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Incoming data have generally been in line with the view that economic growth is turning positive in Q3 09. Last week's data showed a jump in new home sales in June and a smaller than-expected 1.0 percent decline in real GDP in Q2 09. Although consumer spending fell a bit more than expected, a record decline in inventories, together with a notable improvement in overall final sales compared with the past few quarters, sets the stage for the rebound in production that is expected in Q3 09. One of the trickier series to interpret of late has been initial jobless claims.
The 4-week average of initial claims has fallen about 100k since its peak in early April. However, the significance of the very recent move lower is difficult to judge, because it has coincided with the annual auto plant shutdowns at unionized factories (which are those operated by GM, Ford, and Chrysler). These shutdowns have not been happening in the weeks that the seasonal factors have expected, leading to noisy data from week to week.
The ongoing drop in claims is important because it is the pattern that occurs as the economy shifts from contraction to growth, a transition that is believed to be happening now. Many analysts think that this pattern of marked improvement will show through in a number of July data releases. Analysts also expect a surge in motor vehicle production to help lead to a strong gain in industrial production, a series that has fallen throughout the recession.
Data published during the past week point to a significant improvement in confidence within the euro area banking sector. The June M3 release revealed a sharp jump (132 billion euros, seasonally adjusted) in euro area MFI's (Monitory Financial Institutions) holdings of domestic assets. Admittedly, the bulk of this resulted from a significant expansion in government bonds (up 53 billion euros) and loans to government (19 billion euros), but the data also showed an increase (26 billion euros) in loans to the private sector, of 13 billion euros in corporate bonds and of 27 billion in equities.
The June M3 release therefore signals that banks are utilizing the exceptionally generous liquidity on offer from the ECB. The data provide evidence that, via the public and private sectors, the various support measures in place at government and central bank levels are helping to support economic stabilization. This is also borne out by the latest survey of euro area bank loan officers. While the July survey reveals that banks have continued to tighten credit, it also suggests that the pace of tightening has moderated substantially further, and is expected to continue to moderate. The survey also recorded signs of a less-negative trend in bank loan demand, especially in Germany and France, and evidence that banks are feeling less constrained by financial market conditions.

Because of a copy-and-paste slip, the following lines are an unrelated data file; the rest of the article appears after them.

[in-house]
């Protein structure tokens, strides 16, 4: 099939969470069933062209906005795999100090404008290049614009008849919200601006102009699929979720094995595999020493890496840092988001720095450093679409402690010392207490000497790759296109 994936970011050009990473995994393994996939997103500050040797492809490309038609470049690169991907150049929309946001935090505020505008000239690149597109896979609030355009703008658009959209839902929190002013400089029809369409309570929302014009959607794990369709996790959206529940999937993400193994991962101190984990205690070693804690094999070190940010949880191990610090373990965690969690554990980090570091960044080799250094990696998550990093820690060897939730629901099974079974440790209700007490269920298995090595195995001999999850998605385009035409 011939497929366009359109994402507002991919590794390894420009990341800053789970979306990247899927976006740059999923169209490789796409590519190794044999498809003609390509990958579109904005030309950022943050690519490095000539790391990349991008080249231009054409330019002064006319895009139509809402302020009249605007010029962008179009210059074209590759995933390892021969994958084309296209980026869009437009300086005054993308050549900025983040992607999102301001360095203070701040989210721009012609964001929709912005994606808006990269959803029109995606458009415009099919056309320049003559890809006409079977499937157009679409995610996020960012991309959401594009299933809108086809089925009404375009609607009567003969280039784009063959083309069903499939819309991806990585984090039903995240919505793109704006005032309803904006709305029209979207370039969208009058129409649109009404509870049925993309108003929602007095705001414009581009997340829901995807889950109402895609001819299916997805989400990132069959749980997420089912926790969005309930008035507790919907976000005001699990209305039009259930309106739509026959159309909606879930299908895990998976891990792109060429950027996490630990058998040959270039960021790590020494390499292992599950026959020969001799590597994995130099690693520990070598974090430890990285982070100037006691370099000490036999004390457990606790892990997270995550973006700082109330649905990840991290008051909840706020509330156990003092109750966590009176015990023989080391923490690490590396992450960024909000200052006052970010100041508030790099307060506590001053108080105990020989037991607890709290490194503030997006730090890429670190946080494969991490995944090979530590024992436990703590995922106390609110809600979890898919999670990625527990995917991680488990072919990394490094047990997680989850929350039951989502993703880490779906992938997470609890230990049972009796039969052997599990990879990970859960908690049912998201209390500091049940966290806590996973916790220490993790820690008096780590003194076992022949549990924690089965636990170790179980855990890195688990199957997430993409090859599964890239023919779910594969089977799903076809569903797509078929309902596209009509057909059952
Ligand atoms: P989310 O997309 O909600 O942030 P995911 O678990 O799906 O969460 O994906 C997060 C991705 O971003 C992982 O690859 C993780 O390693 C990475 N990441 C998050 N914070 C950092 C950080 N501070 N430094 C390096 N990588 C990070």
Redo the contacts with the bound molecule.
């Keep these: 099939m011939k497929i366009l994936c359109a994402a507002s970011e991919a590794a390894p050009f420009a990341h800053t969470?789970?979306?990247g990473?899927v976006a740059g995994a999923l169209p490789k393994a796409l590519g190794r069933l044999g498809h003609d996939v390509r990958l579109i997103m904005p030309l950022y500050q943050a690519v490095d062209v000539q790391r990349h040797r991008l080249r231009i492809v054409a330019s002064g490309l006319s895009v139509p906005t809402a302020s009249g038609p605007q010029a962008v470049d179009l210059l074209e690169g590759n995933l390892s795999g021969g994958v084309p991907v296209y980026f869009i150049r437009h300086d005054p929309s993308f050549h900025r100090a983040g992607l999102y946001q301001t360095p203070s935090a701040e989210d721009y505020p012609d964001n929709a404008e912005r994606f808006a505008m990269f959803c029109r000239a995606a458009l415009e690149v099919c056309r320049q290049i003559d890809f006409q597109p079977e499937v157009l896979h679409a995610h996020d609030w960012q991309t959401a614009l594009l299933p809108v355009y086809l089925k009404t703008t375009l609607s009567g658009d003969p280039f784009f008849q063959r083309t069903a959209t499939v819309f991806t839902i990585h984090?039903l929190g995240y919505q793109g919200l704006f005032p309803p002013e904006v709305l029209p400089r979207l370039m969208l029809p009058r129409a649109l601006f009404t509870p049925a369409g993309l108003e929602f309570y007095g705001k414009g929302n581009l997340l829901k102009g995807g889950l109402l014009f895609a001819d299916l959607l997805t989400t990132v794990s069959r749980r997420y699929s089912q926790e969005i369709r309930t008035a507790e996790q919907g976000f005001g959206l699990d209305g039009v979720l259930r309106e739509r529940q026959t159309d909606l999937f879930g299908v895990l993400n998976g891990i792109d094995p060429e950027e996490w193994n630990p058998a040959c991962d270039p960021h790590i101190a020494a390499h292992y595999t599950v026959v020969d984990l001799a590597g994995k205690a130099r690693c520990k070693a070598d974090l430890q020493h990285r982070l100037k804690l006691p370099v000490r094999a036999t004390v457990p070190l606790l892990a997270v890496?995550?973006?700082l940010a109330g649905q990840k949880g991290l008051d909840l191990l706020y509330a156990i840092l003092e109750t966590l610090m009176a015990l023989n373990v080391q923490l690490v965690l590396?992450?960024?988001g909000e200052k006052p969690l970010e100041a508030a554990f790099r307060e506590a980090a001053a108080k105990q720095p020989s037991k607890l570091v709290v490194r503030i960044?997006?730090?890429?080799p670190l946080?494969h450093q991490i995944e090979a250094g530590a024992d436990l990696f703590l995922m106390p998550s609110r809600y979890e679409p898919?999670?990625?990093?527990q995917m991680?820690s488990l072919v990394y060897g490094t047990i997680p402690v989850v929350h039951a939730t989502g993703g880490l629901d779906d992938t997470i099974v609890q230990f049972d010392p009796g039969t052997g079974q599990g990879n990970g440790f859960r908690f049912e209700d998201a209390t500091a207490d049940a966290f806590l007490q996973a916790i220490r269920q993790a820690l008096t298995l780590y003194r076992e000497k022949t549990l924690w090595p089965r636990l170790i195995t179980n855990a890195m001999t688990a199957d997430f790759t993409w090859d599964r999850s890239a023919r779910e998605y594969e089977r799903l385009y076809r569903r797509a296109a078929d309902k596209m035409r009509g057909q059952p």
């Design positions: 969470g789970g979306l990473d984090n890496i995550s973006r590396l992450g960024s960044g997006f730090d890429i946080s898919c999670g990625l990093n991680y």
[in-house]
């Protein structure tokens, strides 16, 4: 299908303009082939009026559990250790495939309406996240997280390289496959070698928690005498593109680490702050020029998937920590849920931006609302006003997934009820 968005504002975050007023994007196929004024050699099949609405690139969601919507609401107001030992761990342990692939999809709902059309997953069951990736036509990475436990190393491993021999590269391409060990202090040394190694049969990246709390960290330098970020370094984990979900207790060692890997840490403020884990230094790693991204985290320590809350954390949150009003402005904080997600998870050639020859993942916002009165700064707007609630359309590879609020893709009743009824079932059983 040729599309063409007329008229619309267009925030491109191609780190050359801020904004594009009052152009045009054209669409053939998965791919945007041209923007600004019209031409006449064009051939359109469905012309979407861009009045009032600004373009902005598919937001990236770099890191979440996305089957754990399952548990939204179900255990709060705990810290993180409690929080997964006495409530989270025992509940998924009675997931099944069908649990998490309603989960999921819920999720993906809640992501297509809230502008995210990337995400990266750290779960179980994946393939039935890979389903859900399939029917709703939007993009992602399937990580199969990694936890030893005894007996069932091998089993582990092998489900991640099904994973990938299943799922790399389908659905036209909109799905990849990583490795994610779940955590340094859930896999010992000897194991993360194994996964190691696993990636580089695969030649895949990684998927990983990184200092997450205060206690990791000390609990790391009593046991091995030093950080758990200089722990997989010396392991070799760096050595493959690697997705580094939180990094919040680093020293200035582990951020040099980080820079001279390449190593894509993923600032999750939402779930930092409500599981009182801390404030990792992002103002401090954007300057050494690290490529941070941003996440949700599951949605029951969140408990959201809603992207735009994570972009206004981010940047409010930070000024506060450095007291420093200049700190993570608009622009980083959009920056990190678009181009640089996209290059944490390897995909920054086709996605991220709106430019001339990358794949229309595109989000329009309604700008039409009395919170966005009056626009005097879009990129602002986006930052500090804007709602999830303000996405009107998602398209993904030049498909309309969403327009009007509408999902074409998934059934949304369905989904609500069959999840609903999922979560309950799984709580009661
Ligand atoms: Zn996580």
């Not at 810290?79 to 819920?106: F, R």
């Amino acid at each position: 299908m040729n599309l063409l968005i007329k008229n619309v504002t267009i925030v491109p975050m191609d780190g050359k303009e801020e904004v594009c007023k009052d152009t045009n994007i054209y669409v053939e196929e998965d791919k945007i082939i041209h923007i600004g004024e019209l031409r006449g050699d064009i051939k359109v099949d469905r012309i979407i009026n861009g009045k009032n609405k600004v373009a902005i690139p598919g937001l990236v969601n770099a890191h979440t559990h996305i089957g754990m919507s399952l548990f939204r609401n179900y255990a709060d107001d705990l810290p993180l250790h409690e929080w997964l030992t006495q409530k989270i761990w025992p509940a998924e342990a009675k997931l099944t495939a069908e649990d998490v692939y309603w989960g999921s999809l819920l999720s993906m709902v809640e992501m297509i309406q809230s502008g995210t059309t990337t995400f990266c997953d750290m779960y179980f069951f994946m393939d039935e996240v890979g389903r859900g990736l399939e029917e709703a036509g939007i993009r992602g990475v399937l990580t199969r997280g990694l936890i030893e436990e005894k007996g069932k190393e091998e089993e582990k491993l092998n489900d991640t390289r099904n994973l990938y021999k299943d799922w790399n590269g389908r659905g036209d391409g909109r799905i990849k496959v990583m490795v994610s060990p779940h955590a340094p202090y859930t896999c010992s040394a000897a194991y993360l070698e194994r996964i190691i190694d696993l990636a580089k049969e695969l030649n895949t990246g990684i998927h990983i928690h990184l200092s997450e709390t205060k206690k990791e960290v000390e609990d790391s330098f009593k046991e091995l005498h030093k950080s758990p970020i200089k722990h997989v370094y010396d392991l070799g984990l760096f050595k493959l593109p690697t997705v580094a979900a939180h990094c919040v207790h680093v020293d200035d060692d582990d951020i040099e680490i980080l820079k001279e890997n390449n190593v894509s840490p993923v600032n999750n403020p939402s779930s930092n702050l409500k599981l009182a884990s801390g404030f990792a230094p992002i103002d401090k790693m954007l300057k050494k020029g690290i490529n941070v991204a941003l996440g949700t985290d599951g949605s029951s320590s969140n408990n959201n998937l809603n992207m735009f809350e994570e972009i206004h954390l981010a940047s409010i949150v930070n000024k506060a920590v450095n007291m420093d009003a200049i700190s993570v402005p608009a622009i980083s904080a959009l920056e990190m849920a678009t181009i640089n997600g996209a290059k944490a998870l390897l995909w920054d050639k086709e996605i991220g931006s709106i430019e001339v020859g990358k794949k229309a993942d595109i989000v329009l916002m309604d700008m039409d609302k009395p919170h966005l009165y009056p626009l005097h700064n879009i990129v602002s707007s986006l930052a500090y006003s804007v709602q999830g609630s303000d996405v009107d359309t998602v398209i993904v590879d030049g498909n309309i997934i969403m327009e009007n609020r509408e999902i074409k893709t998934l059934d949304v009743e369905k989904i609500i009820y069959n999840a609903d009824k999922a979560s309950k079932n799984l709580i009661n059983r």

Central and Eastern Europe
The start of the month brings the next set of PMI (Purchasing Managers Index) data for countries in the euro area and EMEA (Czech Republic, Hungary, Turkey, Russia). The region's PMI has been trending higher in tandem with the international trend, supported by rising global equity prices and increased access to international capital markets. However, the pickup in PMI marks a moderation in the pace of industrial production and GDP deterioration rather than a return to growth. Moreover, as the PMI moves towards the threshold of expansion (50), it will be marked by increasing differentiation. Within EMEA, Israel and Turkey probably have the greatest prospects for recovery; their PMI--unique in the region--have already moved above 50 in recent months.
Elsewhere, the recovery is likely to remain difficult, with the private sector debt overhang, banking sector problems and, in some countries, fiscal financing challenges continuing to weigh. The past few weeks has seen evidence of this in some very weak macroeconomic numbers. Lithuanian Q2 GDP contracted 22 percent y/y, and the flash estimates of Q2 GDP for Estonia, Latvia and Hungary (which echoes some of the leverage problems of the Baltic States) are expected to be at least as weak as Q1 GDP results. Hungarian, Romanian and Kazakh industrial production data will also be released this week and only Kazakhstan is likely to deliver the lone positive y/y result.
The trends on the foreign trade balances suggest that despite the PMI rebound, external demand is not providing a big pull for recovery. In May, on average, exports and imports (Central Europe, Russia) were still contracting about 33 percent y/y, and the evidence for June of a recovery is at best mixed.
* Written using materials from Bloomberg and Reuters Research
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|Publication:||The Baltic Times (Riga, Latvia)|
|Date:||Aug 5, 2009|
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